Bonnie, we urge parents who have a child with autism to make sure they’re vigilant in monitoring the development of their subsequent children and to advise their physicians to do so as well–and to listen to their parental concerns. We hope that by doing so, all children who show early warning signs of autism will be monitored just as closely.
Comment From dsaie

Have there been any studies pertaining to the likelyhood of a sibling of an autistic person having a child with autism?

We know that family history is a risk factor for autism. But we don’t know the rate in offspring of people with autism or the offspring of relatives of people with autism. So we don’t know these numbers, but it’s reasonable that they would be higher than the 1 in 110 risk for the general population.
Comment From Anna

My 5 year old son has autism. What are the chances of my 11 month old girl having it and what should i watch for?

According to this study, if an older child has autism the chances of a younger sister being diagnosed are 1 in 9. So you should learn the early warning signs of autism by clicking the link below and also check out the video glossary that has clips of young children both affected and not affected with autism. Here again are the links:
Comment From Mitch

Is there any way of telling which parent carries the gene. I am dating a women with a 16 year old autistic boy and we were wondering should we want to have a child ourselves.

In this study, siblings had the same mother and father. We don’t yet have the numbers for children with one parent or the other being different. In science, this is called a parent of origin effect, where the genetics can be tracked to one parent or the other. The BabySibs Research Consortium hopes to study this in the future.
Comment From Guest

Did the study show a difference if the older sibling with a ASD had regression autism, where they developed typically then regressed, versus autism where the child never developed typically? Would the percentages differ if regression was involved?

The study didn’t address regression specifically. The researchers did look at overall level of function in the older child and found that it did not change the risk of autism for the younger sibling.
Comment From JoHanna

Is there any reason for the boys over girls with autism that you are aware of?

Johanna, this is a great question. There are many theories on why more boys are diagnosed with autism than are girls. One has to do with the location of risk genes on the sex chromosome. Some genes are located on the X chromosome and the extra X chromosome in girls may be protective. There are other theories that girls have different thinking and feeling styles than boys and are less likely to show symptoms.
Comment From Guest

Is the rate for susbsquent children having autism based on your other child that is diagnosed with autism or spectrum disorders??

Another great question. Thanks. This publication looked at the rate of autism spectrum disorders in younger brothers and sisters of children on the spectrum. The spectrum includes Aspergers.
FROM KATIE: What we need a study of vaccinated and unvaccinated siblings.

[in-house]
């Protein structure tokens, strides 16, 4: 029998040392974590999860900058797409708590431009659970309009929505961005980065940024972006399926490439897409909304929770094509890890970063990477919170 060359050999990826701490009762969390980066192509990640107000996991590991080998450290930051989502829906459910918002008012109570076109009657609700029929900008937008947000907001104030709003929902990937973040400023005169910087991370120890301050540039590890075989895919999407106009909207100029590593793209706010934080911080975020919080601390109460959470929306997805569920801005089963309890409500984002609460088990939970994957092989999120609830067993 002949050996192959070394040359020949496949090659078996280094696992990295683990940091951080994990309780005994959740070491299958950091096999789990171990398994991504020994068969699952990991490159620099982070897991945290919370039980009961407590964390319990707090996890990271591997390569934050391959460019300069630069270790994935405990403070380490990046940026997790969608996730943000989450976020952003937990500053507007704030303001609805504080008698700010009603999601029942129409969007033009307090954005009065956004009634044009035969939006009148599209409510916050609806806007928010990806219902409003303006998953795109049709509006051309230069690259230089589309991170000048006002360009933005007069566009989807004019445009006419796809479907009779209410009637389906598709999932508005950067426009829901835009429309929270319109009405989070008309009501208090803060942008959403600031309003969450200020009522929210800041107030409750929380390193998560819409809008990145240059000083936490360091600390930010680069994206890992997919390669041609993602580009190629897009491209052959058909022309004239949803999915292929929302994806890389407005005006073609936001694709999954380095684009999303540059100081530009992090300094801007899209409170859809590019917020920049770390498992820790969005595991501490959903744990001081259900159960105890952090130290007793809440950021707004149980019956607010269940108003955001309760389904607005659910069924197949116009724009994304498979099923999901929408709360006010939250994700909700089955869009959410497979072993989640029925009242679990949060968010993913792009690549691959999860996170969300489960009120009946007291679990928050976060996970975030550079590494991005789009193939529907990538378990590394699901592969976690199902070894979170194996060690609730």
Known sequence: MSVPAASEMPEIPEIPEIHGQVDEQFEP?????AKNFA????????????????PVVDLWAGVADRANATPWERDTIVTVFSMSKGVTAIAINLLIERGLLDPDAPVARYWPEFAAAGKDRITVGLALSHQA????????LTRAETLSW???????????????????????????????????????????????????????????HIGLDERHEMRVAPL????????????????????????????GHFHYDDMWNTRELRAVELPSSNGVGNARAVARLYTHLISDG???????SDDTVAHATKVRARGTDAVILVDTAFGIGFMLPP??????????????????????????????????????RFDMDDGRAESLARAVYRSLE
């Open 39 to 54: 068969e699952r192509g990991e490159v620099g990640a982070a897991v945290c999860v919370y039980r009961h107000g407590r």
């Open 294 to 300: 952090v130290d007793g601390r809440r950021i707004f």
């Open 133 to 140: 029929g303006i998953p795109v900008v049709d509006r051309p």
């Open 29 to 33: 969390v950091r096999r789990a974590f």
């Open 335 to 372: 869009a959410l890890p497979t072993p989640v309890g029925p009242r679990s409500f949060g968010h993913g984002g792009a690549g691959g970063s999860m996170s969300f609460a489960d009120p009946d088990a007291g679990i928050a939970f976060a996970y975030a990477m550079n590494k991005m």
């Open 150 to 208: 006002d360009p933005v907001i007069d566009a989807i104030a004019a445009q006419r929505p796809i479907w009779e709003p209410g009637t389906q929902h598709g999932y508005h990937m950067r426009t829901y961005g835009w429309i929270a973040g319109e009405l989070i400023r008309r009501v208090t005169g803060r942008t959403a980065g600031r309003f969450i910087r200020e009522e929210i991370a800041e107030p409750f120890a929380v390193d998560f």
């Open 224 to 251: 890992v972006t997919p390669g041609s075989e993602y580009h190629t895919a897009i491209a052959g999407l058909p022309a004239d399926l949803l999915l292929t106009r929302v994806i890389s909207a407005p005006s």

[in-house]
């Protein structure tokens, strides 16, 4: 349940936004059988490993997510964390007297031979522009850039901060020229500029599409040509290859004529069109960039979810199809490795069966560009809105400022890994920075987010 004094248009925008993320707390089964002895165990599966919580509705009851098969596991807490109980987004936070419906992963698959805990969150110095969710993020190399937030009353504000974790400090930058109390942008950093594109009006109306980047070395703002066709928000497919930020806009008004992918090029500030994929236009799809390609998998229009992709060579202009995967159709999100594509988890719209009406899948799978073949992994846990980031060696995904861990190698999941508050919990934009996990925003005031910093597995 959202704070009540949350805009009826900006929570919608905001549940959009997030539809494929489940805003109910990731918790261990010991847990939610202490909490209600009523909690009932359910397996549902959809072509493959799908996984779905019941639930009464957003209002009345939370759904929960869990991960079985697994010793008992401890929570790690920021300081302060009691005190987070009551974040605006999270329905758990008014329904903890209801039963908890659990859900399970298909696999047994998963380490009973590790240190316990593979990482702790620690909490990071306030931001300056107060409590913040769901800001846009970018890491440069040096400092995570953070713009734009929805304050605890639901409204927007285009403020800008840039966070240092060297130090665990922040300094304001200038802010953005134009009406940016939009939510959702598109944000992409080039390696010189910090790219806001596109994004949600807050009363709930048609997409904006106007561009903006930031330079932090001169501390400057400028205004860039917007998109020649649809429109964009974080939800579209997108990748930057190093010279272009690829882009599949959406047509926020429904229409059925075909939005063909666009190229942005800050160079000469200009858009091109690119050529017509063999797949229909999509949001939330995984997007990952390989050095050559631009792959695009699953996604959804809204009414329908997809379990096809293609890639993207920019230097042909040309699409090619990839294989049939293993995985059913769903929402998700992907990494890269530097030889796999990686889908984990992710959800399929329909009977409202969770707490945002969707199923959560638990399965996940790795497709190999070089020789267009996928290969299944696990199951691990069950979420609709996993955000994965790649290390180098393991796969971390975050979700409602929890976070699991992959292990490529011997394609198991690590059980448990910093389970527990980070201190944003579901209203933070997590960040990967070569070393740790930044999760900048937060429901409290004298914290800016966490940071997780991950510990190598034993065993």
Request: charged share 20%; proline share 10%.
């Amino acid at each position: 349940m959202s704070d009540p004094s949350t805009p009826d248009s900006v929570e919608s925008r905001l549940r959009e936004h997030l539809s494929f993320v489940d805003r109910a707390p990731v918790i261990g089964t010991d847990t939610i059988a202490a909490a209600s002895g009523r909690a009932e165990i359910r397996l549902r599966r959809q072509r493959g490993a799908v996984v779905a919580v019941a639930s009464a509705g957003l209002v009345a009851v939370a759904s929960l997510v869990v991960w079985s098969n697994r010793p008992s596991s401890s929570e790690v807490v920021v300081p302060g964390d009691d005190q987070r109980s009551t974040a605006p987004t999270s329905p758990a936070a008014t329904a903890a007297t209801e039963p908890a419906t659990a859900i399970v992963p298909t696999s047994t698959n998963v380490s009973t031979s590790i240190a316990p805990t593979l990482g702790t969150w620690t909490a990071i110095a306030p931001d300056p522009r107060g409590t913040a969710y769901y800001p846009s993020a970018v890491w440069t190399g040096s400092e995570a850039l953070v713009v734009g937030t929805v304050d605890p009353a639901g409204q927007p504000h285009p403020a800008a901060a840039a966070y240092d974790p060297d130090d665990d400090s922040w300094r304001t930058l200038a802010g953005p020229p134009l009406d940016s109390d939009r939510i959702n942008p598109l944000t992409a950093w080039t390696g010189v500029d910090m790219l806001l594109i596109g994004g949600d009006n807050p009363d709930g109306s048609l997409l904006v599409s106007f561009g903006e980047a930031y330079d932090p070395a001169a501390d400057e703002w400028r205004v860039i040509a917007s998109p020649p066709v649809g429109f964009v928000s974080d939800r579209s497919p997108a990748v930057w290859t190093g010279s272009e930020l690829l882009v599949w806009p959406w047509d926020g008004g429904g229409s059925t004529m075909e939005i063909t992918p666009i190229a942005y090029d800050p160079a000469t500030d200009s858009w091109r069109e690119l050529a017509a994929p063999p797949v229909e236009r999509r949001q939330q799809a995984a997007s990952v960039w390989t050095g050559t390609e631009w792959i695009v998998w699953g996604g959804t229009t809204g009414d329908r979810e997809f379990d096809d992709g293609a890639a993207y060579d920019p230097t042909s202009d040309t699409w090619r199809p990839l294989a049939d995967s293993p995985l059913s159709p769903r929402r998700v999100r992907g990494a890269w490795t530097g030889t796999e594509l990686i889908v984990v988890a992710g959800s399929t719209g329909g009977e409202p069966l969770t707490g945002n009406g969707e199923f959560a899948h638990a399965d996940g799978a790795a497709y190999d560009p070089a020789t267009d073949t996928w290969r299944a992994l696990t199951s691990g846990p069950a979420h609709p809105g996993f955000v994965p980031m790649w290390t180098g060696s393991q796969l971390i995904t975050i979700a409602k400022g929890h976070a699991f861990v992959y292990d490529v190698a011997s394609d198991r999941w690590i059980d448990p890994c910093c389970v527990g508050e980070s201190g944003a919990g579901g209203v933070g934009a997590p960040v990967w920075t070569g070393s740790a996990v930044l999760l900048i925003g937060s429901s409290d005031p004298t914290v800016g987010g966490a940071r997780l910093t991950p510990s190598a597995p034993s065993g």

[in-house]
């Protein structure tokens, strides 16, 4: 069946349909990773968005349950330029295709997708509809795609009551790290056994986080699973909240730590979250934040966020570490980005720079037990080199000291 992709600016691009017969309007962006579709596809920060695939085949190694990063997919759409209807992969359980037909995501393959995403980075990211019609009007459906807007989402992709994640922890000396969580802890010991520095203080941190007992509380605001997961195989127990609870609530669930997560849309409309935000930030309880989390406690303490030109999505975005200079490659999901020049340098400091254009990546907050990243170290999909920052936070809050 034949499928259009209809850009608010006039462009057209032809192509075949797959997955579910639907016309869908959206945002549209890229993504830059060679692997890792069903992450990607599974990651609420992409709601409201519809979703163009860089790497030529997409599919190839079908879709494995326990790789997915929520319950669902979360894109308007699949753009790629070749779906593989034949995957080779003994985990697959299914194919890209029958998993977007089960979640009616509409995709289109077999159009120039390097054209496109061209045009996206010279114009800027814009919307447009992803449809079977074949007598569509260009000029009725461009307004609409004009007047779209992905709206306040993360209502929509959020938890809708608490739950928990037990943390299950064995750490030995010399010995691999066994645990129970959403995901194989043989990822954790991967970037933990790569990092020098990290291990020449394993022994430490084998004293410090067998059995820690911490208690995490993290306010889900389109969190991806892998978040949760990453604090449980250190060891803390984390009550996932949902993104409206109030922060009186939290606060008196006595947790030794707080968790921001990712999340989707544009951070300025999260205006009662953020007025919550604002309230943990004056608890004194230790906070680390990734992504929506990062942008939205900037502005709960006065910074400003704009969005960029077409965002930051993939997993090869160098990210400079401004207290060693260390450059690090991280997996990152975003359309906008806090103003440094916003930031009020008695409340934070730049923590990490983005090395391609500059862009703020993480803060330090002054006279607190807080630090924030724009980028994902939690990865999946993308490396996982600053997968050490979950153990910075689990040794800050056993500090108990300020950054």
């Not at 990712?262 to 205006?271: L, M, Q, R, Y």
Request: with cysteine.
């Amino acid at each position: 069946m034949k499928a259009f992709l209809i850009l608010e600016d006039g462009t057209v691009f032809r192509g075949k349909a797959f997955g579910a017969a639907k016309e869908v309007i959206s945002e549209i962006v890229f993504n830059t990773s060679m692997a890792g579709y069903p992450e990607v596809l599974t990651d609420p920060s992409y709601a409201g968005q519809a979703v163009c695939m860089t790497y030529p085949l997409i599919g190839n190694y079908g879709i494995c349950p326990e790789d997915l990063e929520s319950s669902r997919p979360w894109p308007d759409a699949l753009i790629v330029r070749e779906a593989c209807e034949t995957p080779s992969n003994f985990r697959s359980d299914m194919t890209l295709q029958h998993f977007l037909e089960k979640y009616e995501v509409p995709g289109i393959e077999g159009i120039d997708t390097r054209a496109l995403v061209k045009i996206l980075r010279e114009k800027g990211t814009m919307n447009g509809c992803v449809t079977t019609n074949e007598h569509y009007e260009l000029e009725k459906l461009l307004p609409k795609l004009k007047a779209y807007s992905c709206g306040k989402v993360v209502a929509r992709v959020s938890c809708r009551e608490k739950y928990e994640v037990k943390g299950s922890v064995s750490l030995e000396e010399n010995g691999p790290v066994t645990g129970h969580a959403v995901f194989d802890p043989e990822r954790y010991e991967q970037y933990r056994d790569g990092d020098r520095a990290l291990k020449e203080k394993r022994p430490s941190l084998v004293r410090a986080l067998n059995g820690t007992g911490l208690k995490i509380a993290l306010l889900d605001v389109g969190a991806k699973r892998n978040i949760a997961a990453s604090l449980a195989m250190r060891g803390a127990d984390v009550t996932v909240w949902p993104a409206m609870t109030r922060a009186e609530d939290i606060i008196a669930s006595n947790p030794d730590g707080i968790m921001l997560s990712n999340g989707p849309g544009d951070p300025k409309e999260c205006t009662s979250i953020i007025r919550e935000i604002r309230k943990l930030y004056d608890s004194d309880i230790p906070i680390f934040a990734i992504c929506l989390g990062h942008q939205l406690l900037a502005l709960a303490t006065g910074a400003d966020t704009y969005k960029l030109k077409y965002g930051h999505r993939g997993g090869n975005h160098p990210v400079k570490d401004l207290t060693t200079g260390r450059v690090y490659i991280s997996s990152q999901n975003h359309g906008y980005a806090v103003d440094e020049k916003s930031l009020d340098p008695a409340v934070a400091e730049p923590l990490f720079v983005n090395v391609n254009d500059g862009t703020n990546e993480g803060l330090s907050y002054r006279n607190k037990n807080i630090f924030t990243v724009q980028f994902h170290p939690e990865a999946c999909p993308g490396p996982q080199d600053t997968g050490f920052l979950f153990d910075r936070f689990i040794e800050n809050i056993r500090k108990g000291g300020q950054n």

These investigators are looking at a number of things that happen during pregnancy and infancy that may influence the development of autism. To learn more about this study, follow this link to the EARLY STUDY.
Comment From Cathy

Just wanted to share that my 3-year old son participated in a Baby Sibs Study (at Yale) and it was a very good experience. I encourage other autism parents to enroll in these types of studies. They are extremely important to us all.

Cathy, thank you for your participation and your vote of enthusiasm about participating in a BabySibs study. If you all want to learn more–and possibly participate–in a BabySib reseach study, here is a list of sites and contacts …
We have time for a couple more questions. Forgive us that we were not able to get to all of your great questions and feedback.
Here is a link to the EARLI Study mentioned earlier.http://www.earlistudy.org/
Comment From Guest

In the study was there any correlation between the rate of ASD with length between births, birth weight, or length of gestation?

This study did not look at those factors. However, these have been identified as risk factors in other studies. The BabySibs research group is planning additional studies to explore the connections further.
Comment From Guest

If there is a family history of ASD behaviors, not necessarily diagnosed, how can we determine the risks or likelihood that future children will develop ASD? Are there preventative steps these families can take? Genetic Testing? Environmental changes?

I want to emphasize that this study did not exclude the role of nongenetic factors. However, we know that family history plays a very strong role in the development of autism. As previously mentioned, it is likely that genetics and outside influences work together, rather than separately. Further studies are in the works.
Thank you everyone for participating. Thanks so much for staying on for the full hour. Please continue to post your comments to our science blog at www.blog.autismspeaks.org. We look forward to the next chat!
  1. Marcia Huffman
    August 16, 2011 at 2:18 pm

    We had 12 years old down snydrome and autsim, he very very picky eater, he only ate beefaronie and applesause and juice since age of 3, i tried number of foods to give he refused, how can I make him to eat more variety of foods thanks
    marcia huffman

  1. August 16, 2011 at 10:48 am
  2. August 16, 2011 at 12:22 pm
  3. September 6, 2011 at 12:21 pm
  4. September 28, 2011 at 4:36 pm
  5. September 29, 2011 at 1:51 pm
  6. November 10, 2011 at 10:53 am
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  8. February 2, 2012 at 5:20 pm